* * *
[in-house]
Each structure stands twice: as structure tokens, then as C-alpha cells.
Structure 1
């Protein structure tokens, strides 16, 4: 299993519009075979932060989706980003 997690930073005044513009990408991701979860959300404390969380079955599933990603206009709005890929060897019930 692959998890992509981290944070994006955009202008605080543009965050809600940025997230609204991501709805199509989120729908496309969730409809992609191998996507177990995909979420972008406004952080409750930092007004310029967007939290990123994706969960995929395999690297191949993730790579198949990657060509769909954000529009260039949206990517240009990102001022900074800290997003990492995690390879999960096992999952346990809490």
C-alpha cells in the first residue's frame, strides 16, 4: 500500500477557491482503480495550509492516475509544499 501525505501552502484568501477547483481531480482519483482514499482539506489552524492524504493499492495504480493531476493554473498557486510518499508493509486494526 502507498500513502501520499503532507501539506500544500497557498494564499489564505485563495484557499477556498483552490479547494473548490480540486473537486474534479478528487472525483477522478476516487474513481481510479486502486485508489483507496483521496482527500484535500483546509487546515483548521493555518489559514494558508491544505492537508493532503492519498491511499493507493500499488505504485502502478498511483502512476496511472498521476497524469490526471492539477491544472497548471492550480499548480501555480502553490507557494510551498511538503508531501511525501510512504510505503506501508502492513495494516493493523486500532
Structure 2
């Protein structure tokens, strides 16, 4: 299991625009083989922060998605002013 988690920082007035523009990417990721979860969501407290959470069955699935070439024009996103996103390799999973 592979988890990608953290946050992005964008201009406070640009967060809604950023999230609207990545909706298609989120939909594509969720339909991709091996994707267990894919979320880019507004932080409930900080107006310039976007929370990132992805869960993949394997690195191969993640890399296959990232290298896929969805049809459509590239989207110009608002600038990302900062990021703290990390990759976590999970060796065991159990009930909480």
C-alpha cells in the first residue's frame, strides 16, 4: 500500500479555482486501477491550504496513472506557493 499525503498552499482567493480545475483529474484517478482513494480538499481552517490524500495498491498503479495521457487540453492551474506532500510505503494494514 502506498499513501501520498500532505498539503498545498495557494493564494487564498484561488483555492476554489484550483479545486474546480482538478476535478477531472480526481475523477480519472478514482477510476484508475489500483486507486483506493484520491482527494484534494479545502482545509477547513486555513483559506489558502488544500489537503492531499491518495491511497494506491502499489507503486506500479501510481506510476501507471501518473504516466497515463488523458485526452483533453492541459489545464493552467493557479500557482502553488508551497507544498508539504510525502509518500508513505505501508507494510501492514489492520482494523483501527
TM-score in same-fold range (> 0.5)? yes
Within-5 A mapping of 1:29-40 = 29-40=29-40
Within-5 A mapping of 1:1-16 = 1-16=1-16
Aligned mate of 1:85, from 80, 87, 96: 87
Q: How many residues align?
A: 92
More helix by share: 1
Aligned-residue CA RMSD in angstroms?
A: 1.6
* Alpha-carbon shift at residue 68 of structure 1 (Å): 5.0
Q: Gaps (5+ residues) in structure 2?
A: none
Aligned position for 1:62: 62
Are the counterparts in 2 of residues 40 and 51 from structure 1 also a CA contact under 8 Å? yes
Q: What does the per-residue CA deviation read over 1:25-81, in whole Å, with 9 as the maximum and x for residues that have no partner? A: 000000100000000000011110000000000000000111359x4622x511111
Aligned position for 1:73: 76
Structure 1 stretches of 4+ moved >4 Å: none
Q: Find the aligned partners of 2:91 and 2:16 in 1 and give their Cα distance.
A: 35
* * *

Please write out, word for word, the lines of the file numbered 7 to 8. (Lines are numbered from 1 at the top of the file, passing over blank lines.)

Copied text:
């Protein structure tokens, strides 16, 4: 299991625009083989922060998605002013 988690920082007035523009990417990721979860969501407290959470069955699935070439024009996103996103390799999973 592979988890990608953290946050992005964008201009406070640009967060809604950023999230609207990545909706298609989120939909594509969720339909991709091996994707267990894919979320880019507004932080409930900080107006310039976007929370990132992805869960993949394997690195191969993640890399296959990232290298896929969805049809459509590239989207110009608002600038990302900062990021703290990390990759976590999970060796065991159990009930909480």
C-alpha cells in the first residue's frame, strides 16, 4: 500500500479555482486501477491550504496513472506557493 499525503498552499482567493480545475483529474484517478482513494480538499481552517490524500495498491498503479495521457487540453492551474506532500510505503494494514 502506498499513501501520498500532505498539503498545498495557494493564494487564498484561488483555492476554489484550483479545486474546480482538478476535478477531472480526481475523477480519472478514482477510476484508475489500483486507486483506493484520491482527494484534494479545502482545509477547513486555513483559506489558502488544500489537503492531499491518495491511497494506491502499489507503486506500479501510481506510476501507471501518473504516466497515463488523458485526452483533453492541459489545464493552467493557479500557482502553488508551497507544498508539504510525502509518500508513505505501508507494510501492514489492520482494523483501527